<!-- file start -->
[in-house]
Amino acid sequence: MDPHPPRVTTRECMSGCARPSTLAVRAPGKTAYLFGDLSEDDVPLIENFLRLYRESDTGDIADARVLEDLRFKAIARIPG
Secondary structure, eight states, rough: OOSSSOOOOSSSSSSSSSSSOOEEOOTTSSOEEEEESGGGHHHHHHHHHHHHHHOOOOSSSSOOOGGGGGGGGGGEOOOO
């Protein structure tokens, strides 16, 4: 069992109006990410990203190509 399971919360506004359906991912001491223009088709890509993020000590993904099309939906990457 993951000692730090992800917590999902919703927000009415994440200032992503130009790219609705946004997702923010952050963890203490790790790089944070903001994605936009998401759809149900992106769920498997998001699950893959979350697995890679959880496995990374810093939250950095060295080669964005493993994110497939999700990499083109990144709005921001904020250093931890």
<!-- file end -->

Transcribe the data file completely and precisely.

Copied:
[in-house]
Amino acid sequence: MDPHPPRVTTRECMSGCARPSTLAVRAPGKTAYLFGDLSEDDVPLIENFLRLYRESDTGDIADARVLEDLRFKAIARIPG
Secondary structure, eight states, rough: OOSSSOOOOSSSSSSSSSSSOOEEOOTTSSOEEEEESGGGHHHHHHHHHHHHHHOOOOSSSSOOOGGGGGGGGGGEOOOO
């Protein structure tokens, strides 16, 4: 069992109006990410990203190509 399971919360506004359906991912001491223009088709890509993020000590993904099309939906990457 993951000692730090992800917590999902919703927000009415994440200032992503130009790219609705946004997702923010952050963890203490790790790089944070903001994605936009998401759809149900992106769920498997998001699950893959979350697995890679959880496995990374810093939250950095060295080669964005493993994110497939999700990499083109990144709005921001904020250093931890």